NB: Something that I feel really good about is our tiny house classes. We have a tiny house class in October, in which we’re going to be working with this woman [Abril Giles, based in Georgia] who uses the Instagram handle @thegirlyblackfarmer. The plan is that we’re going to be holding a tiny house class down there and building a tiny house for her and her land. We’ve built a lot of tiny houses for various people in the community over the years, and that feels really good.

Also the Tiny House Academy, which is an online program. We have in-person programs here — the Women’s Basic and Women’s Advanced Carpentry classes, and our Tiny House in-person class, which is an all-genders class — and then we have our Tiny House Academy, which is an online course. In the Tiny House Academy, I think [our mission] just is really exemplified by all of our teachers. We’ve been able to train teachers who are really approachable, and experts, and hilarious — like super engaging. It makes it so that being in class or watching a class is a pleasure, instead of going to a lecture or something.

Credit: Dulce Ruiz

AT: Are there any other big projects that you’re really excited about in the upcoming year?

NB: We’re developing our new campus. We just recently purchased 9 acres here in Barnardsville, North Carolina. We’re building a 1,000-square-foot, timber-framed pavilion that’s going to be absolutely gorgeous, and we’re building barns to build tiny houses under, to just kind of increase the ease and the togetherness and comfort for the students for our tiny house classes.

AT: How do you define success in your field, and what makes you feel successful?

NB: I feel successful when I impact my students’ lives —and not just our students, but also our following on social media and our newsletter— and when I have the sense that what we’re doing at Wild Abundance is making a positive difference in people’s lives and helping them to feel more confident and capable and seen.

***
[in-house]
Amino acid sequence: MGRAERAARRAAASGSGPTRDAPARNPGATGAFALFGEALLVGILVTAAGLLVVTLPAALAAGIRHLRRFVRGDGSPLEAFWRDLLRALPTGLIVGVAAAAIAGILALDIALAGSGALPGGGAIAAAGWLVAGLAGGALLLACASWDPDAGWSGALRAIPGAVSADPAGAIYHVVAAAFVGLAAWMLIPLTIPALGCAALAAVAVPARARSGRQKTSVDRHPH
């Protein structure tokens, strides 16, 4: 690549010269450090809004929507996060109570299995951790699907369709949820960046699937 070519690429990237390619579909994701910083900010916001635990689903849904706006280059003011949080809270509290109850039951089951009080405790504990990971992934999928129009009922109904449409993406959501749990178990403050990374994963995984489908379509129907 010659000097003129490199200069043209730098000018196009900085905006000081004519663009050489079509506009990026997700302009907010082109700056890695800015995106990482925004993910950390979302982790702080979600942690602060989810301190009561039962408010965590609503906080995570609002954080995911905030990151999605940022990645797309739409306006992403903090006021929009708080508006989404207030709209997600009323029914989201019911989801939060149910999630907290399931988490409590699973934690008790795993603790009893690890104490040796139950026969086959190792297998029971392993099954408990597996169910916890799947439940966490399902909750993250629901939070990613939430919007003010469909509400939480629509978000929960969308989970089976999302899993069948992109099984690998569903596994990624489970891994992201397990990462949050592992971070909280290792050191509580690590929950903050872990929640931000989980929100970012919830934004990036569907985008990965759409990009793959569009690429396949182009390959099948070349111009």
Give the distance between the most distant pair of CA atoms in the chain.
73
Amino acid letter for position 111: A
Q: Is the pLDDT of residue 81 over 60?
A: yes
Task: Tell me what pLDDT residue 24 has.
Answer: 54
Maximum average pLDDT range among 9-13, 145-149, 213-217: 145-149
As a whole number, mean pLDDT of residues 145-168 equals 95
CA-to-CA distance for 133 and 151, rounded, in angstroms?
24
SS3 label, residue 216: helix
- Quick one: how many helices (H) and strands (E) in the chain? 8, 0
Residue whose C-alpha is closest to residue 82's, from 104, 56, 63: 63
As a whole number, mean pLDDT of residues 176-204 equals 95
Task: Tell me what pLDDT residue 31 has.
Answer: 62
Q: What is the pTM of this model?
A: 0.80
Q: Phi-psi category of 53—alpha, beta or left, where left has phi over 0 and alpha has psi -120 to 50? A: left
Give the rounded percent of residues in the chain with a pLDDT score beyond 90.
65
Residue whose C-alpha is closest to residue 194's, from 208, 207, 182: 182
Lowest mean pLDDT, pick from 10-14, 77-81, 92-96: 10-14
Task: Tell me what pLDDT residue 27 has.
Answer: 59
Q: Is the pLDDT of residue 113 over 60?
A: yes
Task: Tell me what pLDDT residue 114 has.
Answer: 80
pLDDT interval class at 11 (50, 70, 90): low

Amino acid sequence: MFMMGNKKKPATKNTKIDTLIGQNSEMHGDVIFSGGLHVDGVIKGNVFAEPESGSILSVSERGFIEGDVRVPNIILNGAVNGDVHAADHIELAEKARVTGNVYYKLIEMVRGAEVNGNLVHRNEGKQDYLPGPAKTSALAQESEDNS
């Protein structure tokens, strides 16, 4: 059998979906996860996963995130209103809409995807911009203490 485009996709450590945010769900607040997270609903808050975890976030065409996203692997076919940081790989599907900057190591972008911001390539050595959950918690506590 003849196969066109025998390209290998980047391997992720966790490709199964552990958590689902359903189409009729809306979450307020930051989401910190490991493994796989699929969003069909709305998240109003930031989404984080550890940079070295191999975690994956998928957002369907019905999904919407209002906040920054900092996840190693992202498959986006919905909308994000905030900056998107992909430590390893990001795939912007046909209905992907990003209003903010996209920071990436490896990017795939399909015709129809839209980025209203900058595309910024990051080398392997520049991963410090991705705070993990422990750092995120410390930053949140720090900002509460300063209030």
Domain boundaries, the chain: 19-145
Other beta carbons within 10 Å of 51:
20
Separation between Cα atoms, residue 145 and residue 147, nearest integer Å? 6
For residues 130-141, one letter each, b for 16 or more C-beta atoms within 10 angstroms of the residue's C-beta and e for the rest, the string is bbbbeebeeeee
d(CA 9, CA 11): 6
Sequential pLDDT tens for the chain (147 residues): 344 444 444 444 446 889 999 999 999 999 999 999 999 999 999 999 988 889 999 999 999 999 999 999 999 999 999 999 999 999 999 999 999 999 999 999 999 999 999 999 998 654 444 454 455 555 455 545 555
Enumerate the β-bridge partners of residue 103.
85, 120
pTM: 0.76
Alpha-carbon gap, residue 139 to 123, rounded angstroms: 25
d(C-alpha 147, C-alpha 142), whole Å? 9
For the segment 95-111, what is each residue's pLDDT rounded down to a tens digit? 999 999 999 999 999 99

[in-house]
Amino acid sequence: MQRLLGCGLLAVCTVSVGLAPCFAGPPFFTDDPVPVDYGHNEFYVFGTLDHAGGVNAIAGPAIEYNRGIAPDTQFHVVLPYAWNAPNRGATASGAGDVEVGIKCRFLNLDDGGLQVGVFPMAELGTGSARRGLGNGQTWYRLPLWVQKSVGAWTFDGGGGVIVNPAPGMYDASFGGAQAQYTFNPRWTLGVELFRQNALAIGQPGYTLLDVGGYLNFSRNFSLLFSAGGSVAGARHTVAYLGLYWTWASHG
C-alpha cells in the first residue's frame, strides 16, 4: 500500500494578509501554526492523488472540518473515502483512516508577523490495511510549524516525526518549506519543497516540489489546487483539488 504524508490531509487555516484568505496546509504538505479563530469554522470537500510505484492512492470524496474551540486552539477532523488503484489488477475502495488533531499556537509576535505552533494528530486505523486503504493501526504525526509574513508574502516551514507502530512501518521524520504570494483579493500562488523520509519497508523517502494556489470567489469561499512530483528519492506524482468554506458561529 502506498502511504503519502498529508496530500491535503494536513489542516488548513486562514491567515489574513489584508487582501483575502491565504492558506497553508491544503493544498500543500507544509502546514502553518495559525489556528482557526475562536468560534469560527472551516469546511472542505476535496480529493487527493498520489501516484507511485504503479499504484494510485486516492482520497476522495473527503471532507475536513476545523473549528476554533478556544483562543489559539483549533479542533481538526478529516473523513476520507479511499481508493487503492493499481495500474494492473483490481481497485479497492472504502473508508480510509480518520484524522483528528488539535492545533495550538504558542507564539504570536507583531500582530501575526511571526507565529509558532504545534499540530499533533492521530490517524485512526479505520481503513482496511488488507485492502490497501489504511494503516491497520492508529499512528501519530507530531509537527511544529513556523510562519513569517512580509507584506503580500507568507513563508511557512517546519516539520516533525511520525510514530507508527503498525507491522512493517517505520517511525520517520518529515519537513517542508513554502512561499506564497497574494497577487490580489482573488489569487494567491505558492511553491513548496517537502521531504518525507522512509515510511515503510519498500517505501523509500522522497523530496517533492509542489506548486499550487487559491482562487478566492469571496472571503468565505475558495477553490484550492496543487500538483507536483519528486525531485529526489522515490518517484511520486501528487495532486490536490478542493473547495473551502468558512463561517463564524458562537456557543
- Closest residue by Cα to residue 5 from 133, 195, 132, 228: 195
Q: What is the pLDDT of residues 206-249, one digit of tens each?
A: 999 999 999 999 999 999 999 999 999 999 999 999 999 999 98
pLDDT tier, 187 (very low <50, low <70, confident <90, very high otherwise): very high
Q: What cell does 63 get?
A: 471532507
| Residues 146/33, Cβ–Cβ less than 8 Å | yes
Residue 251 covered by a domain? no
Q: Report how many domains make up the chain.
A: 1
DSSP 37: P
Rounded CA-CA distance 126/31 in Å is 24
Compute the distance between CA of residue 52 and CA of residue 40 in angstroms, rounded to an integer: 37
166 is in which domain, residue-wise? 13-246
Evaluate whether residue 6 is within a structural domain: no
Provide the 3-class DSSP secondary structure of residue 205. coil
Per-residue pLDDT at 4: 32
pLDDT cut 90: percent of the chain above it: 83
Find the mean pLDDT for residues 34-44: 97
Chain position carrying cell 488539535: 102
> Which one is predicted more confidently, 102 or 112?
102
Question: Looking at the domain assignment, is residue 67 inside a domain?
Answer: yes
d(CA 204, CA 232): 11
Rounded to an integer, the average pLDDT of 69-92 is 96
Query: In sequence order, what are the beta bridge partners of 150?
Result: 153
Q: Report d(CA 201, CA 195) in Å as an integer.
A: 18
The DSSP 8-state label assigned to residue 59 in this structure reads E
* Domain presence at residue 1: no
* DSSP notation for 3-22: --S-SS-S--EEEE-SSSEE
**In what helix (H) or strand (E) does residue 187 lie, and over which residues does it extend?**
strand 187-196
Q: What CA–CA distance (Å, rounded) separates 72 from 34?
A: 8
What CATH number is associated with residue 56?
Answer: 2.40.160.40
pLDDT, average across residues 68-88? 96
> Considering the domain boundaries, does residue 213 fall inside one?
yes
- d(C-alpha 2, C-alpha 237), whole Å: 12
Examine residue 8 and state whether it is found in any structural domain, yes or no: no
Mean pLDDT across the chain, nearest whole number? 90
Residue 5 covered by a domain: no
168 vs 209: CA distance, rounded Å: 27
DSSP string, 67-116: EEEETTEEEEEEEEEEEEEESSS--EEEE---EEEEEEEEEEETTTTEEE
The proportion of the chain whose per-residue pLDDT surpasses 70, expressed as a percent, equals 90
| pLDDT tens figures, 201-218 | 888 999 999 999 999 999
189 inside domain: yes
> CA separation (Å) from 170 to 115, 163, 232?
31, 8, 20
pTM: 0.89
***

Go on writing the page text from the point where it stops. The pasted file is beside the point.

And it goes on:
I’m also really into designing tiny houses. I work with various architects and designers and then have built dozens of tiny houses at this point, or have been part of those builds. I really like elegant design solutions. We’re designing these new tiny houses that we’re going to be building during our classes, and they’re going to be extremely energy-efficient and are going to work really well, I think, in the flow of people’s lives, and they’re going to be very inexpensive, and we’re also including this design online in the Tiny House Academy. It feels really good to be able to create something like a design for the houses themselves, which I think are positive influences on people’s lives and on the world.

AT: What do you think you’re doing to impact the field you’re in, and what changes do you hope to create in your field?

NB: Bringing women into the building field is a huge one. At Wild Abundance, we’re mostly reaching women, and as we keep doing it, all of the students that we’re sending out into the world and then the influence that they have on other people… I’m hoping for some sort of sea change, that there’s going to be a real difference in the way that women are treated by builders and by contractors and by men in general.

Interview has been edited and condensed.